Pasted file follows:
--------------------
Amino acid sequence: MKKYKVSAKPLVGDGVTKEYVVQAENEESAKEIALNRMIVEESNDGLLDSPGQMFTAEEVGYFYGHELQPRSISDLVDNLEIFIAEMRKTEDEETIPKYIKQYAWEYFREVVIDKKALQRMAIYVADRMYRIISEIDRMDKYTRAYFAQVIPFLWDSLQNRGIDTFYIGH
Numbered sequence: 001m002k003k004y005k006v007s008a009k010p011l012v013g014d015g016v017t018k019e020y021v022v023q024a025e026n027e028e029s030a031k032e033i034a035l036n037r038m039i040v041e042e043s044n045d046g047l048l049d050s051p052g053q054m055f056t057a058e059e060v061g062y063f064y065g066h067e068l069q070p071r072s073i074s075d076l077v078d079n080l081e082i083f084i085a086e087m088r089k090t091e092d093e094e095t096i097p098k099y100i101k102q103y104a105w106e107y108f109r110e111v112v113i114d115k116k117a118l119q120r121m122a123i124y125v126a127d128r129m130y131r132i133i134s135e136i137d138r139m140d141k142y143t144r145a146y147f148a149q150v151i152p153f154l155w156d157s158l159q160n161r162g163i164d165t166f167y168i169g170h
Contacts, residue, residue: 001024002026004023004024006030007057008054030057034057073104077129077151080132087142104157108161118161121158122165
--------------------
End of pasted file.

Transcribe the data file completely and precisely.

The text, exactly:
Amino acid sequence: MKKYKVSAKPLVGDGVTKEYVVQAENEESAKEIALNRMIVEESNDGLLDSPGQMFTAEEVGYFYGHELQPRSISDLVDNLEIFIAEMRKTEDEETIPKYIKQYAWEYFREVVIDKKALQRMAIYVADRMYRIISEIDRMDKYTRAYFAQVIPFLWDSLQNRGIDTFYIGH
Numbered sequence: 001m002k003k004y005k006v007s008a009k010p011l012v013g014d015g016v017t018k019e020y021v022v023q024a025e026n027e028e029s030a031k032e033i034a035l036n037r038m039i040v041e042e043s044n045d046g047l048l049d050s051p052g053q054m055f056t057a058e059e060v061g062y063f064y065g066h067e068l069q070p071r072s073i074s075d076l077v078d079n080l081e082i083f084i085a086e087m088r089k090t091e092d093e094e095t096i097p098k099y100i101k102q103y104a105w106e107y108f109r110e111v112v113i114d115k116k117a118l119q120r121m122a123i124y125v126a127d128r129m130y131r132i133i134s135e136i137d138r139m140d141k142y143t144r145a146y147f148a149q150v151i152p153f154l155w156d157s158l159q160n161r162g163i164d165t166f167y168i169g170h
Contacts, residue, residue: 001024002026004023004024006030007057008054030057034057073104077129077151080132087142104157108161118161121158122165